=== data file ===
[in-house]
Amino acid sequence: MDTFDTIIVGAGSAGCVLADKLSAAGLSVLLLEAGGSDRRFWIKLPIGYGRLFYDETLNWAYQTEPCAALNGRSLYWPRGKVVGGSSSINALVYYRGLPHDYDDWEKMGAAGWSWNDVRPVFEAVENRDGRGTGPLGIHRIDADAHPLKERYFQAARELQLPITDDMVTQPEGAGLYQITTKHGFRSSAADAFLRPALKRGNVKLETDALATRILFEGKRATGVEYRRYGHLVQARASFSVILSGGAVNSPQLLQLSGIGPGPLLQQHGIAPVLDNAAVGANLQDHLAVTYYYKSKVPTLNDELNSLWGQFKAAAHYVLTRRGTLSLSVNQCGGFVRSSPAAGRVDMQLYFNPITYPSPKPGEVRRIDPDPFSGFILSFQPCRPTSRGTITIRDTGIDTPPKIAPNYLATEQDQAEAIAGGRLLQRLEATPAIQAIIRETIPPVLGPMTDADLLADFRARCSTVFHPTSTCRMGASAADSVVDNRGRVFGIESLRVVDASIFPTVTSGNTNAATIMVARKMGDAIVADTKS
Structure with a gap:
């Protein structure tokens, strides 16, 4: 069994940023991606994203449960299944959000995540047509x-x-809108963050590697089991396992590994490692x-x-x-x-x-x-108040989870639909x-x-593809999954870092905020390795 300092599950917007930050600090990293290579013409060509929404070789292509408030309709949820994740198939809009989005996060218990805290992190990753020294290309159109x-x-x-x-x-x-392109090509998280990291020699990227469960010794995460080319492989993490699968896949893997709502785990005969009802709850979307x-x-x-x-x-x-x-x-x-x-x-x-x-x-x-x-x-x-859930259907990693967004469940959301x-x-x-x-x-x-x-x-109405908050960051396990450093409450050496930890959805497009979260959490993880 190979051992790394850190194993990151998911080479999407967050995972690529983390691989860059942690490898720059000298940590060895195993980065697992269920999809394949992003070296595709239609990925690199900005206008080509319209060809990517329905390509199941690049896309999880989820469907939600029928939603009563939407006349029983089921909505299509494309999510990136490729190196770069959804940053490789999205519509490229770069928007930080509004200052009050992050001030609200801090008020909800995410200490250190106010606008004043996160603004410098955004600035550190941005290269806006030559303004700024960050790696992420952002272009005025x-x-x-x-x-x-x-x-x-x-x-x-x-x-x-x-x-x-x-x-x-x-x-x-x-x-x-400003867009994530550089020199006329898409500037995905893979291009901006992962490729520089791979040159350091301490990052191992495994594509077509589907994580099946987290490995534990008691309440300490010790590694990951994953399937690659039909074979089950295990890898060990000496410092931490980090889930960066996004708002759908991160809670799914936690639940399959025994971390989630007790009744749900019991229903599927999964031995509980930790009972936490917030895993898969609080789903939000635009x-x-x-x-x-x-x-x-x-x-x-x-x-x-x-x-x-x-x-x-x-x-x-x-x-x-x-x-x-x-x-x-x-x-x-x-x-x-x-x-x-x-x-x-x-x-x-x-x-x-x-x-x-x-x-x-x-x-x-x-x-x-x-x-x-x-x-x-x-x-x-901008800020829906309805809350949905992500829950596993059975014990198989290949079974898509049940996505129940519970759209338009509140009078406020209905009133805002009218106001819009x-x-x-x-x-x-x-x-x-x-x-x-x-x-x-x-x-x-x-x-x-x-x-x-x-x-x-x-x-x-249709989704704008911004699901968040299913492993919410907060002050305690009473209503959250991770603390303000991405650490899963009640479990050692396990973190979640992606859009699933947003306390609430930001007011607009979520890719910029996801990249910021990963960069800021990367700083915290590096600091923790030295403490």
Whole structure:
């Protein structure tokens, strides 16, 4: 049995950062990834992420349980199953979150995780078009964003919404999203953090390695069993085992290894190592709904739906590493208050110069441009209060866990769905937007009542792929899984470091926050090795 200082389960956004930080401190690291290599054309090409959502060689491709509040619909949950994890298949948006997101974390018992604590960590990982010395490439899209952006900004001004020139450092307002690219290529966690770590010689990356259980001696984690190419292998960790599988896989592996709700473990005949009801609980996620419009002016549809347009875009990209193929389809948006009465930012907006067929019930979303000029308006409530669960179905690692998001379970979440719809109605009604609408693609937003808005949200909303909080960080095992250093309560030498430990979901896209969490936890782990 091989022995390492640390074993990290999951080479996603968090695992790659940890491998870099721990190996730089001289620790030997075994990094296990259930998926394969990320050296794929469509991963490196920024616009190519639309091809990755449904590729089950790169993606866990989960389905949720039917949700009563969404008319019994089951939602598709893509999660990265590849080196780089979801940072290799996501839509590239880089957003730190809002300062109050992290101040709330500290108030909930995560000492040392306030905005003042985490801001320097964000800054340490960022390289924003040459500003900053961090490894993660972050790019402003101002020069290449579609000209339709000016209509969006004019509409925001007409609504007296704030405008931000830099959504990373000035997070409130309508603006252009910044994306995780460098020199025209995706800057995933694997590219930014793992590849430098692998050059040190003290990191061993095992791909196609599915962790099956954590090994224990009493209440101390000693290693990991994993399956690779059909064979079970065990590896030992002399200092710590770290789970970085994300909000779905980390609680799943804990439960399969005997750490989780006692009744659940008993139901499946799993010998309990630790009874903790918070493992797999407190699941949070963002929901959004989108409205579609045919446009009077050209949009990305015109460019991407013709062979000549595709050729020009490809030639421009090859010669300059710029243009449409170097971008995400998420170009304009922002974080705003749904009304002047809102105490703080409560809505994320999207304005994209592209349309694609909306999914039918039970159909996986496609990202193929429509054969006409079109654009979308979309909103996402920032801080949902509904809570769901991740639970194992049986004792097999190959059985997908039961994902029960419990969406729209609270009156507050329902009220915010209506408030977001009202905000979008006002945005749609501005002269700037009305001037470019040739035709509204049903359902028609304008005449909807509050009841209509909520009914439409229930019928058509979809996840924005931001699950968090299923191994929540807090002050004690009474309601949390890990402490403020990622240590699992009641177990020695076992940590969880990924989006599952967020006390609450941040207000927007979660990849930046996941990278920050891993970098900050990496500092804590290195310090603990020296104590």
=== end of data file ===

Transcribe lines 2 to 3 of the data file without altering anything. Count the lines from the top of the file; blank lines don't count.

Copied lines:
Amino acid sequence: MDTFDTIIVGAGSAGCVLADKLSAAGLSVLLLEAGGSDRRFWIKLPIGYGRLFYDETLNWAYQTEPCAALNGRSLYWPRGKVVGGSSSINALVYYRGLPHDYDDWEKMGAAGWSWNDVRPVFEAVENRDGRGTGPLGIHRIDADAHPLKERYFQAARELQLPITDDMVTQPEGAGLYQITTKHGFRSSAADAFLRPALKRGNVKLETDALATRILFEGKRATGVEYRRYGHLVQARASFSVILSGGAVNSPQLLQLSGIGPGPLLQQHGIAPVLDNAAVGANLQDHLAVTYYYKSKVPTLNDELNSLWGQFKAAAHYVLTRRGTLSLSVNQCGGFVRSSPAAGRVDMQLYFNPITYPSPKPGEVRRIDPDPFSGFILSFQPCRPTSRGTITIRDTGIDTPPKIAPNYLATEQDQAEAIAGGRLLQRLEATPAIQAIIRETIPPVLGPMTDADLLADFRARCSTVFHPTSTCRMGASAADSVVDNRGRVFGIESLRVVDASIFPTVTSGNTNAATIMVARKMGDAIVADTKS
Structure with a gap: